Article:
Tagged With data

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Two trains leave their stations and travel towards one another. Michelle is on Train A and is scrolling through her Instagram feed. Ben is on Train B and listens to Spotify while reading the news. Forty-five minutes later, the trains pass one another. Who has used the most data?

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It can be hard to look for the bright side in a tragedy. But resolving tragedies often requires an immense amount of human effort, and that effort results in new knowledge. New genetic forensics techniques emerged from the identification of 9/11 victims, for example. Another tragedy, the disappearance of Malaysia Airlines flight MH370 three years ago, is starting to yield its own benefits to the scientific community.

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According to data released today, there were 23,401,892 people who were counted in Australia on the night of the 2016 Census who were usually resident in Australia.

After adjusting for undercount and adding back those who were overseas on census night, the Australian Bureau of Statistics (ABS) estimates that as of December 2016, Australia’s population was around 24.4 million.

Our population is growing – and fast. But can we trust the numbers?

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Crunching the numbers on the millions upon millions of Reddit comments just to crack the code on upvotes would be difficult work. Thankfully, two software engineers, a Google big data project, and some careful analysis have already done the heavy lifting, revealing the simple trick to getting the top comment in most threads: get there first.

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Until today, March 2 marked the date that internet service providers in the US would be required to adopt "reasonable" measures to protect sensitive customer info like browsing histories, location data and Social Security numbers. Thanks to the Federal Communications Commission's new leadership, however, that deadline will now be extended indefinitely, and we have no idea if or when those rules will be enacted.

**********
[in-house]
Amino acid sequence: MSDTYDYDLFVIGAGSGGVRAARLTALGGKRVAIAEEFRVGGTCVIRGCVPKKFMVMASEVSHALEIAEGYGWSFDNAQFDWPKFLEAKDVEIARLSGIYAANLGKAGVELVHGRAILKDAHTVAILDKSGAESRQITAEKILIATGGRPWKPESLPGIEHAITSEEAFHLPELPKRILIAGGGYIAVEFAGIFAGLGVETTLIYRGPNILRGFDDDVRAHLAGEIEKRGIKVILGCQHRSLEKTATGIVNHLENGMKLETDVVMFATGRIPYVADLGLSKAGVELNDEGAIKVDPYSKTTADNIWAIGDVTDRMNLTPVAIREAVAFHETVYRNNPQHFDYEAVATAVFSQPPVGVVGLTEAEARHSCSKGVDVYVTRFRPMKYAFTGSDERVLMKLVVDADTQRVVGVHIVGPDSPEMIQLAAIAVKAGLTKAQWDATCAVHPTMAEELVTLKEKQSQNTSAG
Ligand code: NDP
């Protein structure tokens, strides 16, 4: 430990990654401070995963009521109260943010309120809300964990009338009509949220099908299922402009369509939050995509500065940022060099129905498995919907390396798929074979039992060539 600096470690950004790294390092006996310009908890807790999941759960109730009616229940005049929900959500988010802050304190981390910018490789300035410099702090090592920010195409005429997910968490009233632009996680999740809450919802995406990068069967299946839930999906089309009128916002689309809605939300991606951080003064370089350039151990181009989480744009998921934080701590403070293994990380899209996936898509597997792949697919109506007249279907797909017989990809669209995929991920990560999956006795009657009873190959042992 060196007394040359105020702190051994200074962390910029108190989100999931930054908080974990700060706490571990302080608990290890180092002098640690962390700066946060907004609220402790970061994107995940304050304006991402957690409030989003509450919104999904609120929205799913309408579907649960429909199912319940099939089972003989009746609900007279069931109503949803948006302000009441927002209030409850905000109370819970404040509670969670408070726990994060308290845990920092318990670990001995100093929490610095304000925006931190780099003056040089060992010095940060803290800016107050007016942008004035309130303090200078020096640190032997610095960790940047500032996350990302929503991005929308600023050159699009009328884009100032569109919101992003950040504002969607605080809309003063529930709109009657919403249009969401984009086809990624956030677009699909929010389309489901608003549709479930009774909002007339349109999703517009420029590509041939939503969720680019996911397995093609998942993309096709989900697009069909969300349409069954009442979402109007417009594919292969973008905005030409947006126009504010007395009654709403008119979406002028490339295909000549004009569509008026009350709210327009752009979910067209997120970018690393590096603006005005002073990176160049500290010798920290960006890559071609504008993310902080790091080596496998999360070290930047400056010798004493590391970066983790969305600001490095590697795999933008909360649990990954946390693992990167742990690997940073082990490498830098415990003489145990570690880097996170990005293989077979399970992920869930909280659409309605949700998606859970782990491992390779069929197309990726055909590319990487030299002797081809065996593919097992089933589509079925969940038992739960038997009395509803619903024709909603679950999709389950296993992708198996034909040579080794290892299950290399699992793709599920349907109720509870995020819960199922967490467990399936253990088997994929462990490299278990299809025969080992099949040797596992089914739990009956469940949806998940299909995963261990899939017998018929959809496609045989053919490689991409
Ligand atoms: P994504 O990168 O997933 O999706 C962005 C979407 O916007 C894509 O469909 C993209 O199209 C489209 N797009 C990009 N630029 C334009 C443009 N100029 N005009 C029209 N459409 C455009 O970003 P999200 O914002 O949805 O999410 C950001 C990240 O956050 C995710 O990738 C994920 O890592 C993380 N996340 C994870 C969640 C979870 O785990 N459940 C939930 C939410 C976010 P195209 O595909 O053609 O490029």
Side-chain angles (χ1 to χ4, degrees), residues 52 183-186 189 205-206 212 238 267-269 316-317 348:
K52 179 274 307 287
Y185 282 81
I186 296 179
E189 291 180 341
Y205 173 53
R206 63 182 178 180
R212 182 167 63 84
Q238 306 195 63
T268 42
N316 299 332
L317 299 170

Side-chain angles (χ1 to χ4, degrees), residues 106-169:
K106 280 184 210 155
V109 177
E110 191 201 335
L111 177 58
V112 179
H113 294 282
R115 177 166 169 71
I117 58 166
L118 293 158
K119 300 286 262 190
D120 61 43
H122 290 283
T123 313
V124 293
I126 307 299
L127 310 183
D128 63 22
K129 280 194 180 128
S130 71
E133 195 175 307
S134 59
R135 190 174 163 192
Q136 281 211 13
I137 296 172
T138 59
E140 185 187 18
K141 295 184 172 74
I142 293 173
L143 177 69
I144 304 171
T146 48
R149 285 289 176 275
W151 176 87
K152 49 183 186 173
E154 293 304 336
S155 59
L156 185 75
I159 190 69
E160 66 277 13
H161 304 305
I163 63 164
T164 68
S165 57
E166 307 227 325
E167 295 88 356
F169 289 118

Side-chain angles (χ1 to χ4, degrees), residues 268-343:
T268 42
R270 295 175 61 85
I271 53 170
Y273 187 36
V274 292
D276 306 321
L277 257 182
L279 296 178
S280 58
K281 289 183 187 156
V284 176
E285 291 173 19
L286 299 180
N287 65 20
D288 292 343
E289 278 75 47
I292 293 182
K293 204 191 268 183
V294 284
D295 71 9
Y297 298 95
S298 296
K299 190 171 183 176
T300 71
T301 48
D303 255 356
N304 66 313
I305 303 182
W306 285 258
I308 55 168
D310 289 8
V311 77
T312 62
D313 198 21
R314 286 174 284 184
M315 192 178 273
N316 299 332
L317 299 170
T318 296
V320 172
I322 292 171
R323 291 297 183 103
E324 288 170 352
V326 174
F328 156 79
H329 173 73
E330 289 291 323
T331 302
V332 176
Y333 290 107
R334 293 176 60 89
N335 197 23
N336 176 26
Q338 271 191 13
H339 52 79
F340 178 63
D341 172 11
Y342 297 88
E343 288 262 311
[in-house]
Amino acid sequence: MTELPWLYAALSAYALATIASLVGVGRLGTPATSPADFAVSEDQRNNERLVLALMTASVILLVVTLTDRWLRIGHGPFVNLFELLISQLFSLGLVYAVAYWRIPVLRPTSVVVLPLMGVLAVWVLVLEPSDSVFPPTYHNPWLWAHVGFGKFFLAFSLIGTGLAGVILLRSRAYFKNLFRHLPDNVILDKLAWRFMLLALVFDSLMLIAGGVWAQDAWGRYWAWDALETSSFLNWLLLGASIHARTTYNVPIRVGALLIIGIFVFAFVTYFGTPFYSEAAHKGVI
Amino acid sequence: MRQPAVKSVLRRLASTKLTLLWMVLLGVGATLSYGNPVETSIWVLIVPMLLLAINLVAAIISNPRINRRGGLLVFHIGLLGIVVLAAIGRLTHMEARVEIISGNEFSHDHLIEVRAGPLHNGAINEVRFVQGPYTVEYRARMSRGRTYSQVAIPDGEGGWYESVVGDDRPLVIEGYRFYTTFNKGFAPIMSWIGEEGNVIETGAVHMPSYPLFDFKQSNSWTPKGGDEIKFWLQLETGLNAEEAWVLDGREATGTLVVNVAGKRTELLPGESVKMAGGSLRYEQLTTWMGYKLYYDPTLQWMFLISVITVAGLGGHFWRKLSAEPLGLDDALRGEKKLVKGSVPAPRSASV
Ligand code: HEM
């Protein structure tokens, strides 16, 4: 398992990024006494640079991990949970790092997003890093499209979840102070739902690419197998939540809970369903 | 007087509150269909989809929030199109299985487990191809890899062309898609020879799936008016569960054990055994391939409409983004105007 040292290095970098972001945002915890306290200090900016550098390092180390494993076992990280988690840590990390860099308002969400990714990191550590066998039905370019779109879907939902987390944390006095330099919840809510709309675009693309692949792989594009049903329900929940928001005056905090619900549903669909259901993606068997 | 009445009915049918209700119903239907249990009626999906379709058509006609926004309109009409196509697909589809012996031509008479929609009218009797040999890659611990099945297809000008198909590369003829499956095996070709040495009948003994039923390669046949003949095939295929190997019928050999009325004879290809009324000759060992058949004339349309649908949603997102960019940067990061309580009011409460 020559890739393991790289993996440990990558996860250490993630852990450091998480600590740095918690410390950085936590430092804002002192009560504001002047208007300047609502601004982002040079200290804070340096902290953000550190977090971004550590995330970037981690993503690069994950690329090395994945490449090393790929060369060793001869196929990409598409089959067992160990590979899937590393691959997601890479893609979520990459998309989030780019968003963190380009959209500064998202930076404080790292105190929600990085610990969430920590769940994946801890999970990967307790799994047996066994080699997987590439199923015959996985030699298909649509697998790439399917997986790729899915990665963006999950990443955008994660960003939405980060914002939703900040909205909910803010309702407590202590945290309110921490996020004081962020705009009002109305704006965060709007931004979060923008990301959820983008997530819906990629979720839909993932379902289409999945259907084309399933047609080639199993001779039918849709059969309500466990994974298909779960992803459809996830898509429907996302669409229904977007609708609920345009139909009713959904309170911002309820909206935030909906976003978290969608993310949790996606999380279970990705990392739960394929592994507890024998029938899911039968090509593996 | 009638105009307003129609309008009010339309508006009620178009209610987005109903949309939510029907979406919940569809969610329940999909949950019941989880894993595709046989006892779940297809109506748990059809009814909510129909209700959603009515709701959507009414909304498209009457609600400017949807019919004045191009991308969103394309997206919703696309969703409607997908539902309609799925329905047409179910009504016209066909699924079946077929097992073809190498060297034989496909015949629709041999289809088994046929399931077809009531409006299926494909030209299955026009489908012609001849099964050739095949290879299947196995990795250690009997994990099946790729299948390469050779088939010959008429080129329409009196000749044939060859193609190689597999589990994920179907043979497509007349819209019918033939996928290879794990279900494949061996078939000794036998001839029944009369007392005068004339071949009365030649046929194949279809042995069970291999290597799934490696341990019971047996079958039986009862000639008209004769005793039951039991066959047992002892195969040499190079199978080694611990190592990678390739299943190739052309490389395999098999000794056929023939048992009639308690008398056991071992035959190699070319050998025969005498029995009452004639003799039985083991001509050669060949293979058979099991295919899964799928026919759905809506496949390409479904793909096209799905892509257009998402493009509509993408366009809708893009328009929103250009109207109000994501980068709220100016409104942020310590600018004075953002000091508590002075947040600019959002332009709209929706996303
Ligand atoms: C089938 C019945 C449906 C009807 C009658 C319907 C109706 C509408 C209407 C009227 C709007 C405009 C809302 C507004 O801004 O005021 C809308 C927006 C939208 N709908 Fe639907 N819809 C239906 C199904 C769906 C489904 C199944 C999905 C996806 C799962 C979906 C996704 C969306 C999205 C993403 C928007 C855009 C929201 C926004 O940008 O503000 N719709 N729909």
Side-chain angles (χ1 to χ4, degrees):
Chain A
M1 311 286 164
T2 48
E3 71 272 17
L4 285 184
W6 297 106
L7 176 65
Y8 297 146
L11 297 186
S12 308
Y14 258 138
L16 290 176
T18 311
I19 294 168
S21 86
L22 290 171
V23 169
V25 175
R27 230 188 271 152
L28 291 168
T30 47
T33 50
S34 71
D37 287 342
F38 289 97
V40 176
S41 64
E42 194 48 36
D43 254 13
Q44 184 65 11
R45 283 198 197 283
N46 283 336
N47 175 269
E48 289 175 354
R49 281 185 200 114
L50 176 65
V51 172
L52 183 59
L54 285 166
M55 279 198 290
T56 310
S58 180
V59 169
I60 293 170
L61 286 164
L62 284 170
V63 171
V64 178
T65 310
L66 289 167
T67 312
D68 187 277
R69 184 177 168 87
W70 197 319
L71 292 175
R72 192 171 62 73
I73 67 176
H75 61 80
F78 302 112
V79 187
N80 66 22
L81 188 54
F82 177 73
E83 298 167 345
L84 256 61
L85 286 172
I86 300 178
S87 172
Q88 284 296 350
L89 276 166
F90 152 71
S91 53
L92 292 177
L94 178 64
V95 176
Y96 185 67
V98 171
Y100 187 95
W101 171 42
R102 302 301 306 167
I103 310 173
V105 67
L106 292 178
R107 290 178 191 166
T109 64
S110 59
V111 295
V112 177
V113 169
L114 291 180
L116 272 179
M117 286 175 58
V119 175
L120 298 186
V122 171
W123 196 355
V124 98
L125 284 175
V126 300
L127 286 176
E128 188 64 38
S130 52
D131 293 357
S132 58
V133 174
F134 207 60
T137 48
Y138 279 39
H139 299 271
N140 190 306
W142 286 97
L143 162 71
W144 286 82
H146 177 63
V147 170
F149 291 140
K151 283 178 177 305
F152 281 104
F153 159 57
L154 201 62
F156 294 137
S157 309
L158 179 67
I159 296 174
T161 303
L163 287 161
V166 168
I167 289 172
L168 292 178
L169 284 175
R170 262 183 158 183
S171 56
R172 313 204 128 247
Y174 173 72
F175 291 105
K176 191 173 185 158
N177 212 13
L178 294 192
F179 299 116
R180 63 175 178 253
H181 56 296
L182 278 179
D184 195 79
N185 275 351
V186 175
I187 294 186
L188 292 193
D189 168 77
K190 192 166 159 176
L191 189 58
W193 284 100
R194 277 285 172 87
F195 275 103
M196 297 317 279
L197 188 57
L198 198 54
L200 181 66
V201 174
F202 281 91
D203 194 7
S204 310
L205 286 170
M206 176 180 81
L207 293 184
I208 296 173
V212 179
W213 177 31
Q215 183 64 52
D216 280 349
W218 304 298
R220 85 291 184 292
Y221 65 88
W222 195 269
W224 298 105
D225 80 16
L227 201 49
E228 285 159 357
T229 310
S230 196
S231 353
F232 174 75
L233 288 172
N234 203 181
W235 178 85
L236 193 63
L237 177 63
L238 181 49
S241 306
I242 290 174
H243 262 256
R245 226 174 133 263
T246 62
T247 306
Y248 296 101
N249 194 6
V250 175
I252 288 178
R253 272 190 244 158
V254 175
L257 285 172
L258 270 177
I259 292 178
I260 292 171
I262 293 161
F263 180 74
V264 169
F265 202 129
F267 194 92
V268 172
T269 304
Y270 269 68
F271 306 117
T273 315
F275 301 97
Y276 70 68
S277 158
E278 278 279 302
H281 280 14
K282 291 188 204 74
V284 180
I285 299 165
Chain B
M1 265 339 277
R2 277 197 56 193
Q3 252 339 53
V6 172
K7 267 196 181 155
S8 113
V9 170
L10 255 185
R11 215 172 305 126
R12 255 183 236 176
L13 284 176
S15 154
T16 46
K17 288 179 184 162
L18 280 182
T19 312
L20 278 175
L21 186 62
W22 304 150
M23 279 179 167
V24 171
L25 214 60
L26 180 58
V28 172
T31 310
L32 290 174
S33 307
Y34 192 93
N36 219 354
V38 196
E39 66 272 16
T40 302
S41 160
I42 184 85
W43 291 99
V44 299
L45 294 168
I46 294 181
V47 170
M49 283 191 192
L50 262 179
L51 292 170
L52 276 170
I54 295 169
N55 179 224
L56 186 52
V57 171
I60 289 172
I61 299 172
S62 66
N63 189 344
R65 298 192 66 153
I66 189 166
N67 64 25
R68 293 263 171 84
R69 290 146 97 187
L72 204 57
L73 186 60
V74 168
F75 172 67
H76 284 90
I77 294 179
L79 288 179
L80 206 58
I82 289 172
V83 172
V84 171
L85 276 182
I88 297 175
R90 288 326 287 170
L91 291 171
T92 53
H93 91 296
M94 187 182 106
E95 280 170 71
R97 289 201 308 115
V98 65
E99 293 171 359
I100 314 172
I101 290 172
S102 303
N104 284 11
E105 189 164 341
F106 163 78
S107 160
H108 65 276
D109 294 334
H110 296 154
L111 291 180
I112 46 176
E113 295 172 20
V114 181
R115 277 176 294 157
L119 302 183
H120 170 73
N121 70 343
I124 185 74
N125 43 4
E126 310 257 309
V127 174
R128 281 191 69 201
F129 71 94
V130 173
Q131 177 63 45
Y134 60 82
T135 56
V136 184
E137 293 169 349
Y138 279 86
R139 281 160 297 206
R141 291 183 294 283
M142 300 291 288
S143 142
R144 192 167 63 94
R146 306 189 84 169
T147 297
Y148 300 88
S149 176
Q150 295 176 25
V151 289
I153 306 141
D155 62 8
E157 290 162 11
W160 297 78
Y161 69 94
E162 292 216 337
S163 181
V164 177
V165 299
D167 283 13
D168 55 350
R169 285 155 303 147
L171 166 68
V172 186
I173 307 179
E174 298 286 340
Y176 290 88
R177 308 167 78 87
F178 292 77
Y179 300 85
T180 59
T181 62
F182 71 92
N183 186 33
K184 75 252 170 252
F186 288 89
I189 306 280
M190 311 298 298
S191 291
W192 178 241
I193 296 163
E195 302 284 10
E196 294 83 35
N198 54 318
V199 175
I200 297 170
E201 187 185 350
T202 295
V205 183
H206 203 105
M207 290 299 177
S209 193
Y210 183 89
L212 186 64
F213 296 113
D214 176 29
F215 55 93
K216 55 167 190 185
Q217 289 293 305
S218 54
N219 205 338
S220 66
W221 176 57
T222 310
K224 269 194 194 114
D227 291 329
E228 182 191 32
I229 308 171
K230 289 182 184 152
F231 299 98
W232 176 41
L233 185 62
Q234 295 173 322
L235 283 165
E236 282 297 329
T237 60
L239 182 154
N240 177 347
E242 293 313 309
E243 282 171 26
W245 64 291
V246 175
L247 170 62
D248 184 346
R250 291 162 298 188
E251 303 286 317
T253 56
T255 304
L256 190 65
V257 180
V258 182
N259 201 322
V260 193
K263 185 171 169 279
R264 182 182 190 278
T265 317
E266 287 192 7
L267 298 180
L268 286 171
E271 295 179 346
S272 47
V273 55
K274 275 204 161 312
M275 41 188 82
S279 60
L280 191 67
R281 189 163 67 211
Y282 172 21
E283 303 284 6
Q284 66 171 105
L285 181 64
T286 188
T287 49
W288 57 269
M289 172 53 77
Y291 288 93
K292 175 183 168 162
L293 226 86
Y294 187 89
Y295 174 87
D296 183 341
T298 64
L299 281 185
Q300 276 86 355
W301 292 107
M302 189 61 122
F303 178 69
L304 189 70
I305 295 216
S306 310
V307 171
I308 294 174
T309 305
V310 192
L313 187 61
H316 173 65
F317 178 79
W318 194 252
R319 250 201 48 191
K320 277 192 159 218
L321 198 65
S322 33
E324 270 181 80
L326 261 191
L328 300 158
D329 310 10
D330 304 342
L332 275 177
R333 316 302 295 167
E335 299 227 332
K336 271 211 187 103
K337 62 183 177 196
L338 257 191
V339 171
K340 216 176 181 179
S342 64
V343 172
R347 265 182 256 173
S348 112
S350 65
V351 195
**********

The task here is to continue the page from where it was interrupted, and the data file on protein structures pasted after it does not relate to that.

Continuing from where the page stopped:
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A smartphone without a big whack of mobile data is like a sports car without petrol in the tank. Almost everything we do with our phones requires an internet connection, so there is no point cheaping out on a plan with puny data inclusions nowadays.

The good news is that data keeps getting cheaper. The rise in popularity (and sheer volume) of mobile virtual network operators (MVNOs) has put crushing pressure on the price we pay for each gigabyte, and if you're not regularly checking your options and switching then there is a good chance you are missing out. Here are the best deals.

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Image Cache: We are visual beings: Our perception of the world is intrinsically tied to our ability to perceive light. But what about the places where light doesn't fall? Do places in shadow still encode information for the visual cortex to process? Can shadows actually tell us something meaningful about the landscapes they darken?

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Telecommunications coverage in in rural, regional and remote areas of Australia is pathetic. It really is. But there are people fighting to change that fact.

The Australian Communications Consumer Action Network (ACCAN), the National Farmers' Federation (NFF), the Country Women's Association of NSW, the Isolated Children's Parents' Association and AgForce Queensland are among the members of a new coalition fighting to end the rural "data drought".

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Ever been stuck without data? Everyone has. Cash running low? Happens to the best of us. Thought to yourself "if only I could use my phone's lock screen as an advertising platform, and get paid in data"? Er, maybe not. But now you can, if you want to.

Optus has an app just for Android users to earn extra data or credit by viewing ads on your smartphone. Here's how it works.

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Optus has added Stan, ABC iview and ABC Kids iView apps to its data-free mobile streaming service.

So that's all of ABC's channels — including ABC, ABC2, ABC News 24, ABC ME and ABC KIDS, as well as everything that Stan has to offer (highlights include Better Call Saul, Wolf Creek and No Activity along with SBS World Movies).

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Tinder, with its data-driven approach to romance, has always had a slightly creepy feel — it's basically just a game to win, after all. But now, with a new feature called Smart Photos, the app has gone one step further in turning its users into human guinea pigs whose every swipe is catalogued and carefully tracked.

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If you include the main cast, it's fairly obvious who has the most lines: It's Homer, by hundreds of thousand of words, followed by Marge, Bart and Lisa all bunched up pretty close together. But what if you just count the words spoken by the supporting cast from season one to 26? Which supporting character do you think has spoken the most lines on the show then? Is it Flanders? Moe? Krusty?